Recently, the Bureau of Land Management (BLM) field office that manages Phil’s World approved an additional 22.5 miles of trail in the area that will expand the total system mileage to an estimated 50 miles. However, some local landowners have voiced opposition to the expansion.
The new Poquito Burrito trail loop will be added right off the existing Stinking Springs trail. Dig crews began construction in late April, and they expect Poquito Burrito to be the most challenging trail in the Phil’s World area.
“It’ll definitely have technical elements to it,” says Jeff Christensen, a BLM recreation planner. He expects there to be at least two or three sections that many riders will have to dismount and walk, like a new 80-foot section dubbed, “the slot.”
Christensen says the Poquito Burrito trail is already about 70% done, but it could be years until the rest of the rest of the new trails are completed, depending on the number of volunteers they have in their trail crews.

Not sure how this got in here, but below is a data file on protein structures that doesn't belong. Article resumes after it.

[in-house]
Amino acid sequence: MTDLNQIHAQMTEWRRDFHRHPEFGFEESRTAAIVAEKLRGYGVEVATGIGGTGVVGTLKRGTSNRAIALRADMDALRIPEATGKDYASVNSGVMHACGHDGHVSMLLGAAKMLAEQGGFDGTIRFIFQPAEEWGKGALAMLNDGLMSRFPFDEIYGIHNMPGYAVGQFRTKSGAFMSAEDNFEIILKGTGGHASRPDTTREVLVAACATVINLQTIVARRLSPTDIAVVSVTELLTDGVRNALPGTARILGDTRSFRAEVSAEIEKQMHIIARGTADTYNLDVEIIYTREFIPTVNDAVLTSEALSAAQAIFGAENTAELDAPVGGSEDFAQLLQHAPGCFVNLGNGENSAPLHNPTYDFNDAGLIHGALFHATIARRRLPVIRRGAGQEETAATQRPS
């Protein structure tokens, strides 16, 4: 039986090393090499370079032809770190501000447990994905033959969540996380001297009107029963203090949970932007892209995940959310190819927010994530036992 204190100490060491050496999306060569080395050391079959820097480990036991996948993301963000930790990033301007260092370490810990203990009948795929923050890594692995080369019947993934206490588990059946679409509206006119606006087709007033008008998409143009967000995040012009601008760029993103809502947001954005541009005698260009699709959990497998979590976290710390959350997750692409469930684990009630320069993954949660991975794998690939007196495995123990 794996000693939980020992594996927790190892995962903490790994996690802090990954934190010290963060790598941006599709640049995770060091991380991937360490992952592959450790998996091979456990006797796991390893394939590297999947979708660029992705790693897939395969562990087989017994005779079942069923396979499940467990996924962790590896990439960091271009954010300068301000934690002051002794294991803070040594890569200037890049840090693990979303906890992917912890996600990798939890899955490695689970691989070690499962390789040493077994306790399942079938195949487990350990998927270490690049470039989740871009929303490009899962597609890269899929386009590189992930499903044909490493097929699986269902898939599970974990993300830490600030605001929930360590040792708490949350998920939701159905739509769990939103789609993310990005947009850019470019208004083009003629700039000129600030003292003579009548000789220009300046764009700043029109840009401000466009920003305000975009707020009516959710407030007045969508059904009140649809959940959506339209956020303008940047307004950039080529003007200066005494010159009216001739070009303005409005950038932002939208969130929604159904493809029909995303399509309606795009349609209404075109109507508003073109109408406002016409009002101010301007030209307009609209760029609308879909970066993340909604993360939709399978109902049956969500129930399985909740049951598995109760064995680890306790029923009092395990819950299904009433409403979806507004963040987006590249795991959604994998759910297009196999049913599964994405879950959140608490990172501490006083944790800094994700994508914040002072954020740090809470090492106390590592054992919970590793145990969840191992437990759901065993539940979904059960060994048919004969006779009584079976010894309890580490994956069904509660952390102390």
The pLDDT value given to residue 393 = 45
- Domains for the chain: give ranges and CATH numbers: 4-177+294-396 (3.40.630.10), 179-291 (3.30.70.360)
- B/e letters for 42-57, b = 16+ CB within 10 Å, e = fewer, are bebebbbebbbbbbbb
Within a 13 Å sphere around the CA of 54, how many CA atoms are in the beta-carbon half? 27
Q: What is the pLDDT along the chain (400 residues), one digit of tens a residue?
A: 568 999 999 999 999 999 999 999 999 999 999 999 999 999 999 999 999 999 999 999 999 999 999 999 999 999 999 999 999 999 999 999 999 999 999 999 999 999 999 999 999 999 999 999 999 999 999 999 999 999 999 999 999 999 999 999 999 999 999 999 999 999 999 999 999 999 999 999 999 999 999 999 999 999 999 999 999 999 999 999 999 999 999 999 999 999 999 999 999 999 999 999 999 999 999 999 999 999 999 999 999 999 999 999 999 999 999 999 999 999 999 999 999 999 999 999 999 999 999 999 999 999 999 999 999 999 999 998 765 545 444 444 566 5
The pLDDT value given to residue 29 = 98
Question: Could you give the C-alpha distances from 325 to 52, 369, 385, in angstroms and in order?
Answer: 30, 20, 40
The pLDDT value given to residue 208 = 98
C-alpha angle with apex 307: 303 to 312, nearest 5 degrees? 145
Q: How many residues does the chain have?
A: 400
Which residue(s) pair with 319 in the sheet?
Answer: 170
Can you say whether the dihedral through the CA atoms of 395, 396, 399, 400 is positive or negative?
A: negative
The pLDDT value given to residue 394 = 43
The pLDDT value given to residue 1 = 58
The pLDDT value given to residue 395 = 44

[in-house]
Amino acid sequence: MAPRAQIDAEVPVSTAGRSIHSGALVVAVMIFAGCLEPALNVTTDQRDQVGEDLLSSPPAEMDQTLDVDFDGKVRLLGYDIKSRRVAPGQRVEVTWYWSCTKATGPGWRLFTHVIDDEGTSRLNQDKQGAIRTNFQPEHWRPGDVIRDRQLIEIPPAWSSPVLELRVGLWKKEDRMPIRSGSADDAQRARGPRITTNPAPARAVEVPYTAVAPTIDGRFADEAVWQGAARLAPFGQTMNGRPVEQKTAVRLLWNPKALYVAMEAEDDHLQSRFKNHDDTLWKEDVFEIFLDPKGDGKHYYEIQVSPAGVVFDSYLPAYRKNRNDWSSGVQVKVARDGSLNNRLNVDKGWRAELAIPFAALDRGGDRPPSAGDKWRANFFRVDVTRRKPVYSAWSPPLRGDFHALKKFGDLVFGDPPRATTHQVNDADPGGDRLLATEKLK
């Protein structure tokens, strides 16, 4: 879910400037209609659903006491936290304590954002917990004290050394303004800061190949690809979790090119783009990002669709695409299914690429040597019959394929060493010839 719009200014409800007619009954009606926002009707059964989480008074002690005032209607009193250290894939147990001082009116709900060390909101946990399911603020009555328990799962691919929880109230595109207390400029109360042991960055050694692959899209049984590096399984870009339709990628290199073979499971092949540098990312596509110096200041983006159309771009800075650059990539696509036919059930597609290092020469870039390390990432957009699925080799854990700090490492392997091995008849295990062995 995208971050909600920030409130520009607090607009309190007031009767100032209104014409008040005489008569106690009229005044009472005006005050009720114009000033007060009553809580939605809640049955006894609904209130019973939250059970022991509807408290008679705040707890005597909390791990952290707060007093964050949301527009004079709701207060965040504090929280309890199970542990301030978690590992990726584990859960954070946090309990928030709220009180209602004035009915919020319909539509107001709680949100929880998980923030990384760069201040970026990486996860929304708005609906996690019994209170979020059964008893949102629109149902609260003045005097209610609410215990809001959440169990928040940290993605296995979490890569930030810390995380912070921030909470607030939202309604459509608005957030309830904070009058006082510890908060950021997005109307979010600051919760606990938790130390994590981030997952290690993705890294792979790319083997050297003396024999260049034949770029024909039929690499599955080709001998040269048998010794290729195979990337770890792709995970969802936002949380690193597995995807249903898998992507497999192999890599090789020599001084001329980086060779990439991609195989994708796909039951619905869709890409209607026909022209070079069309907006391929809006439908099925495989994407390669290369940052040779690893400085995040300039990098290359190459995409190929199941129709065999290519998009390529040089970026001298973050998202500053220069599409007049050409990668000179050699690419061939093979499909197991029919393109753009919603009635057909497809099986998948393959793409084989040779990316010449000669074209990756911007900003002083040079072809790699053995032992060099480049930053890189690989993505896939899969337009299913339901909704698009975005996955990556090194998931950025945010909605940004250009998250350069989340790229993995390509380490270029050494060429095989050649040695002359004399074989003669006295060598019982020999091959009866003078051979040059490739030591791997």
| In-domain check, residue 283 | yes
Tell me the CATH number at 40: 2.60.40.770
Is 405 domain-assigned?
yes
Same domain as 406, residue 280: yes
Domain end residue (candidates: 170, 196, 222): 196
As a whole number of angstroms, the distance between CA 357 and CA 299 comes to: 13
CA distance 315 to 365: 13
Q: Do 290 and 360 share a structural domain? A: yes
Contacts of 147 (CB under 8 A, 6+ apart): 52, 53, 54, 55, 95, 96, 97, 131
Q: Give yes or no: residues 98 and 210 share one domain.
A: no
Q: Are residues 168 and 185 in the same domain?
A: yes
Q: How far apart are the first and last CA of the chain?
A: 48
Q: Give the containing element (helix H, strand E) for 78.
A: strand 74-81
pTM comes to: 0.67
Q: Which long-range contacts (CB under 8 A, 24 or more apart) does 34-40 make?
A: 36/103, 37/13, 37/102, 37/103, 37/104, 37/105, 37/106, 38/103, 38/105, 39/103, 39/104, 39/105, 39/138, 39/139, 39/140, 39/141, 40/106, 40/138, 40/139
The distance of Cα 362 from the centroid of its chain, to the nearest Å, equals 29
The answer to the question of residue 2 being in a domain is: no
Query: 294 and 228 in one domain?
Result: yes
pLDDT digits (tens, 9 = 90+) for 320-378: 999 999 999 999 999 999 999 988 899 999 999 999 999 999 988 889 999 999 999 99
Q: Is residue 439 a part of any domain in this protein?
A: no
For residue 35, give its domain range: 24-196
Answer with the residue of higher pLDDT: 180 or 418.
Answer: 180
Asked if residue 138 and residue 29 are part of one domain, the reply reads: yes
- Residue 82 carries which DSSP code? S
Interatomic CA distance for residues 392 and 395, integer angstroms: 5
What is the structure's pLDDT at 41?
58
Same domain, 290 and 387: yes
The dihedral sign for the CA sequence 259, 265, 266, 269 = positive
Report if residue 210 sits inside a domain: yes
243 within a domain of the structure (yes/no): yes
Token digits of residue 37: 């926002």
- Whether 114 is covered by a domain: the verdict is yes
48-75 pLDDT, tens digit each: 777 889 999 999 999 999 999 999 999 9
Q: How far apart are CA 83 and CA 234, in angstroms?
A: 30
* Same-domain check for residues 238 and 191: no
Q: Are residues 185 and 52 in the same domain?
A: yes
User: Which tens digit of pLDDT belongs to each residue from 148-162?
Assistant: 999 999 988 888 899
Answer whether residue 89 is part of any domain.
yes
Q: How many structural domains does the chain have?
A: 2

Nearby residents responded to the initial expansion plans with an appeal, saying they were concerned about the impact to wildlife. The appeal has been put on hold by the Interior Board of Land Appeals, which has allowed the BLM to start digging.
Adjacent landowners to Phil’s World told the BLM they were concerned about impacts to wildlife and cultural sites, along with increased traffic in the area. Cortez, CO has thousands of cultural sites including cliff dwellings, rock art, and kivas, which are ancient rooms that were used for religious and formal meetings.
Robert and Lou Ann Ball told The Journal, a Cortez-area newspaper, that the new trails would disrupt wildlife, break up the habitat, and force wildlife outside of their normal areas and onto private land which could cause harm to crops. The original plan for the proposed trails was said to be routed through cultural sites, golden eagle nesting areas, and other wildlife habitats.
In an attempt to accommodate concerns, the BLM has re-routed trail around the cultural sites, and put a buffer zone of approximately 350-acres between any trail and eagle’s nests, says Christensen. A 50-foot minimum distance will separate new trails from cultural sites in the area.
For now, the BLM will dig on using the resources and volunteer labor they have. Although not everyone who has weighed in on the new trails is happy, Christensen says, “it wasn’t the majority of people who were involved in the process.”